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Mexico's lower house of Congress has passed legislation that would legalize the recreational use of marijuana. Proponents believe the bill could help lessen the influence of the country's powerful drug cartels.
Mexico's Chamber of Deputies on Wednesday passed legislation that would legalize marijuana for recreational, medical, and scientific uses. The bill would make Mexico one of the largest markets for the legal marijuana industry, along with Canada and Uruguay.
The bill was passed with 316 votes in favor and 129 against. It would only allow recreational marijuana use for those 18 and older and with a permit.
"Today we are making history," Simey Olvera, a deputy who voted for the bill said. Olvera is a member of President Andres Manuel Lopez Obrador's left-wing Morena Party.
"With this, the false belief that cannabis forms part of Mexico's serious health problems is left behind," she added.
The bill will now have to pass Mexico's upper house of Congress, the Senate. The bill was previously passed by the Senate in November, but it will have to be voted on again following changes made in the lower chamber.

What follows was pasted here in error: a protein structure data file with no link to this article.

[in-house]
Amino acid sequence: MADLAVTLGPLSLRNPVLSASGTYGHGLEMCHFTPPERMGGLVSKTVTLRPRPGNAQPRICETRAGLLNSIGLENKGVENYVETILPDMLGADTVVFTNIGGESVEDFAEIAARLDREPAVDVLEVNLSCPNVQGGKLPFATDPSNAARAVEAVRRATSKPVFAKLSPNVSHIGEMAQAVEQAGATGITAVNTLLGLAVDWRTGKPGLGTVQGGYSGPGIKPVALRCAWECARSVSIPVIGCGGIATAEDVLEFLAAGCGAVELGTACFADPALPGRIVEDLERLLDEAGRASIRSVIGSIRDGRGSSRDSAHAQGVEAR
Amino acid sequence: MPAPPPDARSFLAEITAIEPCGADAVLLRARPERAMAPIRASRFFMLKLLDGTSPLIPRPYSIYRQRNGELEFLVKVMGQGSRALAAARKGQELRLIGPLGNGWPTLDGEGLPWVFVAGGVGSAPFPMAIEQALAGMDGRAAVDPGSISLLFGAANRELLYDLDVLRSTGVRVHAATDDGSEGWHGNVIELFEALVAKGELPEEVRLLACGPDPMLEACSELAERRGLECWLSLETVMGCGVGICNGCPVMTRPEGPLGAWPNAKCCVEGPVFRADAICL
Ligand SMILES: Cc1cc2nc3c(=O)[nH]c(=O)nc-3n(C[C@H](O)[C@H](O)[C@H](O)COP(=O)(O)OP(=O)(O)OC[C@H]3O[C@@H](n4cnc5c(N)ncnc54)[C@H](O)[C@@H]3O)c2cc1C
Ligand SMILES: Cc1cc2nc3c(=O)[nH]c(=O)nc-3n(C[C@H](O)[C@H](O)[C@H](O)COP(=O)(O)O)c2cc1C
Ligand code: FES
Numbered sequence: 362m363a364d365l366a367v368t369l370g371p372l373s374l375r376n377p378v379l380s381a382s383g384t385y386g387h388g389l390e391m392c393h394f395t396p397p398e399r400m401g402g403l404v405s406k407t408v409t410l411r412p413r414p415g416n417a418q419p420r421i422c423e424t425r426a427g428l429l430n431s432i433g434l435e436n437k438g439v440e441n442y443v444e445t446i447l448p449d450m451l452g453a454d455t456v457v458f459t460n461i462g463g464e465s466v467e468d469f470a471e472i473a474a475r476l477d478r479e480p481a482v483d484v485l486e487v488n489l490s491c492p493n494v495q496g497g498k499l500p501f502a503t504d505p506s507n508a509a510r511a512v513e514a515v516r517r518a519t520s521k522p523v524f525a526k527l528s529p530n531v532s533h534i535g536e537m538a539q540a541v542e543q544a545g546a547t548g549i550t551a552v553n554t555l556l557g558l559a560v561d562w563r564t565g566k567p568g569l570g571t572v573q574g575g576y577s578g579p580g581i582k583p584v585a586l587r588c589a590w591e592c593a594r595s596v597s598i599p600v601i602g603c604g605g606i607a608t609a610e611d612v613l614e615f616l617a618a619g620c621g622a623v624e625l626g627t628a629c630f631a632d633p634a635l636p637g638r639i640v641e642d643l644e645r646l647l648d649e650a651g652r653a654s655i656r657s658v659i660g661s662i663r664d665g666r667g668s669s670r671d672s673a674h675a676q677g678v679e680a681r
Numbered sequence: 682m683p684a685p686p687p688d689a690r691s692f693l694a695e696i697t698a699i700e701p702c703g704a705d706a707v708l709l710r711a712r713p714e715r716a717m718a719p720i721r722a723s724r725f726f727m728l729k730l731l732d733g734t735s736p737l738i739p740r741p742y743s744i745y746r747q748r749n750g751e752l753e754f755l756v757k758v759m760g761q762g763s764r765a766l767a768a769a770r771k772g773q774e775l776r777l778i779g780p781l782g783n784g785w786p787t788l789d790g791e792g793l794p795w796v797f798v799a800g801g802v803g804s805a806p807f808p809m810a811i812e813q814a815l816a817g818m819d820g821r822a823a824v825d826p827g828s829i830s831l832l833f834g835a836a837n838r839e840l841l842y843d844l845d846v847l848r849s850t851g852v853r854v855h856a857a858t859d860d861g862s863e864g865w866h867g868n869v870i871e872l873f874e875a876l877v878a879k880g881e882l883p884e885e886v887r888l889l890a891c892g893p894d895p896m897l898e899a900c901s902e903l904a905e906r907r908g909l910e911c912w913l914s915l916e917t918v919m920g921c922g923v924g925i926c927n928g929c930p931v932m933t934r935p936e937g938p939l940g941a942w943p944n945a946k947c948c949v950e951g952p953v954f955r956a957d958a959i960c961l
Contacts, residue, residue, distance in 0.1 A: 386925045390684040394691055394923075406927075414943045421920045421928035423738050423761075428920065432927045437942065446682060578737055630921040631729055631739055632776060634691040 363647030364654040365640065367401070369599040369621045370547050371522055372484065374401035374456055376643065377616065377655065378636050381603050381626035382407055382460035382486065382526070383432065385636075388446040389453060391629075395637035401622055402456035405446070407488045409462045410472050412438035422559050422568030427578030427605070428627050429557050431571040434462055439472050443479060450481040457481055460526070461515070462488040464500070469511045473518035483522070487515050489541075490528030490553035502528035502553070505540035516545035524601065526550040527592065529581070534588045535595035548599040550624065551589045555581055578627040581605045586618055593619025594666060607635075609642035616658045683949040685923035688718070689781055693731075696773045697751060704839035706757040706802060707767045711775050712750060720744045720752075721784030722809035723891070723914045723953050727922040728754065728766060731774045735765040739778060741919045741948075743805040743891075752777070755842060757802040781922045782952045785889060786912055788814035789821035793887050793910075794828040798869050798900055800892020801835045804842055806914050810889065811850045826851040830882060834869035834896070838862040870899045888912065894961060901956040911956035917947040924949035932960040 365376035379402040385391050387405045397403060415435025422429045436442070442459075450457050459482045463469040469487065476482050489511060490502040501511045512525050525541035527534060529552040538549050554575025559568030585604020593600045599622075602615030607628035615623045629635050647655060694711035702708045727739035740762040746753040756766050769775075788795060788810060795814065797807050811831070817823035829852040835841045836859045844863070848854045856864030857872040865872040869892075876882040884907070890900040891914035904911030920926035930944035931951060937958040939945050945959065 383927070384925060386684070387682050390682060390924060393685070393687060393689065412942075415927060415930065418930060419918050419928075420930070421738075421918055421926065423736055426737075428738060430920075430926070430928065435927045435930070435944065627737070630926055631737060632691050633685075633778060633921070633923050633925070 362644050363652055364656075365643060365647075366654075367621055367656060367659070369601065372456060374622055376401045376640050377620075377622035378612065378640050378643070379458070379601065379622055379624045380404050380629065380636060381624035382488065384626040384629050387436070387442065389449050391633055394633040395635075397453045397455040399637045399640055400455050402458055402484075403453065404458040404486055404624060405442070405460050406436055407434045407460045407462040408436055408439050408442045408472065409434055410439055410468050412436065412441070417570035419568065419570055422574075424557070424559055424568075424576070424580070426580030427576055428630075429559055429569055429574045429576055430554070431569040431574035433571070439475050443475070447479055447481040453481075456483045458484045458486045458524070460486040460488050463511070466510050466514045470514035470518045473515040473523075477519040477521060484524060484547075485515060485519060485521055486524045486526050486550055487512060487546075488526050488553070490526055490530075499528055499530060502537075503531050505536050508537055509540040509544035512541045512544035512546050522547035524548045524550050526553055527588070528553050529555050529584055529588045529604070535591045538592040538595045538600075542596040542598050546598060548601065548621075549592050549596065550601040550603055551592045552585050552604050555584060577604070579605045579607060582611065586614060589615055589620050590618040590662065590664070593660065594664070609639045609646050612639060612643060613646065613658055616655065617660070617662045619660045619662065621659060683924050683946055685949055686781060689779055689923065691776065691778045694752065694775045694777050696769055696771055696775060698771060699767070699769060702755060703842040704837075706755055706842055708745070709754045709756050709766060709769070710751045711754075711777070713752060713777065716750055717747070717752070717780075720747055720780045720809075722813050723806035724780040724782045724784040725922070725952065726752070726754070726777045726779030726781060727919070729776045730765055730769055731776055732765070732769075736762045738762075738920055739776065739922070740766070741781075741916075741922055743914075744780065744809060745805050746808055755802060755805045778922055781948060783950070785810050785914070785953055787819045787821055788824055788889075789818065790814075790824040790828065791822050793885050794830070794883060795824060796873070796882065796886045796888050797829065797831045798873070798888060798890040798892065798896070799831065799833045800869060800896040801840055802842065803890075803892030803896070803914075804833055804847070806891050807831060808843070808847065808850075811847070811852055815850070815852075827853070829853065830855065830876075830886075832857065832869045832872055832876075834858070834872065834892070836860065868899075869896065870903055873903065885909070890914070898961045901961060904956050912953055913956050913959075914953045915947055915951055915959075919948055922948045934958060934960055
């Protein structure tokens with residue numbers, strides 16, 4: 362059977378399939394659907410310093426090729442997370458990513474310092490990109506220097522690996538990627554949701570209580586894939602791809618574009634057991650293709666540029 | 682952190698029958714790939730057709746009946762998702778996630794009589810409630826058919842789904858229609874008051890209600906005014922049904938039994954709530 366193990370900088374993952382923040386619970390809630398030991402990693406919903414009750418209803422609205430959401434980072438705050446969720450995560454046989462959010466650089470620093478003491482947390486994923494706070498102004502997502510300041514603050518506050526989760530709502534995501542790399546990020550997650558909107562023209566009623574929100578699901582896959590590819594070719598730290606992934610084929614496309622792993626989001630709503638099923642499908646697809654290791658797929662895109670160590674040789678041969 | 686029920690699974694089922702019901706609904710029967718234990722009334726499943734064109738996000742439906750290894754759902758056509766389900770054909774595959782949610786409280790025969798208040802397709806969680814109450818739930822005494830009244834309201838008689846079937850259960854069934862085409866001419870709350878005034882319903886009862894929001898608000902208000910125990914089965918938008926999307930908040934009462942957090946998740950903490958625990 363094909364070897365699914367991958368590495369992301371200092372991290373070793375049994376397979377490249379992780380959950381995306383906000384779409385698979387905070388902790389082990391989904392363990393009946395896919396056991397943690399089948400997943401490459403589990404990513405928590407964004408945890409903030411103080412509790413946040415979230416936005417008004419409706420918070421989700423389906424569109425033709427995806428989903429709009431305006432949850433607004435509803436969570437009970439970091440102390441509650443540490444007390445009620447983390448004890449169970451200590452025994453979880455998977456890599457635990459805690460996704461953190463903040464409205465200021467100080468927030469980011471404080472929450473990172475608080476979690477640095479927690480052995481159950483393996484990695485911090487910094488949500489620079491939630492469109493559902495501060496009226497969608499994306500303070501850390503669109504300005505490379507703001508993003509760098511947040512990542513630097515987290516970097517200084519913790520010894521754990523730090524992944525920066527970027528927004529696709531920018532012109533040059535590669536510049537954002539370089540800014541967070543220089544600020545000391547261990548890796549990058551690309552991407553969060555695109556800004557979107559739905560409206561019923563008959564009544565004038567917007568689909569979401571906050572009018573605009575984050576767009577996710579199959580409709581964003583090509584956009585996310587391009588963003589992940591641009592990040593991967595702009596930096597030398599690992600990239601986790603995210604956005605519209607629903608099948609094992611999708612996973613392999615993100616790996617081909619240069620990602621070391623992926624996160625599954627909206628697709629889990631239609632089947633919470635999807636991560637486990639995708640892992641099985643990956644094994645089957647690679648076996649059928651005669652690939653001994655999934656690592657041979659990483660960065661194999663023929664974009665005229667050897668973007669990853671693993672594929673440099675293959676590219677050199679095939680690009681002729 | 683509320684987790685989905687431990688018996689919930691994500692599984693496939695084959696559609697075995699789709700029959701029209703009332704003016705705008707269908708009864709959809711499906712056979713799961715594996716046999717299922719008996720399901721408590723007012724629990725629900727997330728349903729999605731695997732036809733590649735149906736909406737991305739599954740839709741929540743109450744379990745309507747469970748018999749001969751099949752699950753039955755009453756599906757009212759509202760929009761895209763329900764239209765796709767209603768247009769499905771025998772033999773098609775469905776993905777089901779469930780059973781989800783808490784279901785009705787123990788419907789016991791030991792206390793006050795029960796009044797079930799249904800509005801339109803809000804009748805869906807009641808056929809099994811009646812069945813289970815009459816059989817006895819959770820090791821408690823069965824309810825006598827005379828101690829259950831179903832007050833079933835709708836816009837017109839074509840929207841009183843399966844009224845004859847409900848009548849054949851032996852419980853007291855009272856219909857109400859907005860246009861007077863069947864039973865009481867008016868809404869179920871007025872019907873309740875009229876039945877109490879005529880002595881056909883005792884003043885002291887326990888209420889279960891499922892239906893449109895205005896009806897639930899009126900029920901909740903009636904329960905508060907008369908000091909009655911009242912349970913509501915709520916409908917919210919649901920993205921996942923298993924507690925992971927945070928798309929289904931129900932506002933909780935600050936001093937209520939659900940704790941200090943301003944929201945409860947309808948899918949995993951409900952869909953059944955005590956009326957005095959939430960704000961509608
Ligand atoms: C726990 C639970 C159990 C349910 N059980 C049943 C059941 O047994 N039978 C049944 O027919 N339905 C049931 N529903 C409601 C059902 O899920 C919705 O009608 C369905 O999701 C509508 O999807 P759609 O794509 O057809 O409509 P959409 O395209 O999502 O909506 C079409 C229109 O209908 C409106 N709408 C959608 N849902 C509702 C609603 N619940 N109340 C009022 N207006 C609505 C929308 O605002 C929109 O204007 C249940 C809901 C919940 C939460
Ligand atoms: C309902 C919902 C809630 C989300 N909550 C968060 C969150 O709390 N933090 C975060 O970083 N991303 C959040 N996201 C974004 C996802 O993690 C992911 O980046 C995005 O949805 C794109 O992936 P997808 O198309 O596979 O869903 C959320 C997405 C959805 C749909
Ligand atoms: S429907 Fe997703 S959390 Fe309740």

Members of the right-wing Institutional Revolutionary Party (PRI) and conservative National Action Party (PAN) stand in opposition to legislation. Yet, the bill is also most certain to be made law, as the Morena party holds majorities in both chambers.
Obrador argues the legislation could combat drug-related violence and improve security in the country. The president's backers believe legalization could lessen the influence of the powerful cartels who control the country's lucrative drug trade.
Since entering office in 2018, Obrador has implemented a strategy known as "Abrazos, no balazos" (Hugs, not bullets), which seeks to tackle poverty and social inequality as a means to decrease drug-related violence. Obrador has declared the end of Mexico's war on drugs, but cartel violence has soared in recent years.
The drug war began in December 2006 under newly elected right-wing president Felipe Calderon, who deployed around 20,000 troops across the country to fight the cartels. During Calderon's term from 2006 to 2012, dozens of cartel leaders were either captured or killed.
Calderon's successor, Enrique Pena Nieto, continued the drug war, shifting the government's focus from capturing cartel leaders to a more holistic approach of reducing violence.
The drug war has left an enormous human death toll, with more than 300,000 homicides since it began in 2006. The Mexican military has also been accused of human rights abuses in its fight against the cartels.
wd/aw (Reuters, AFP)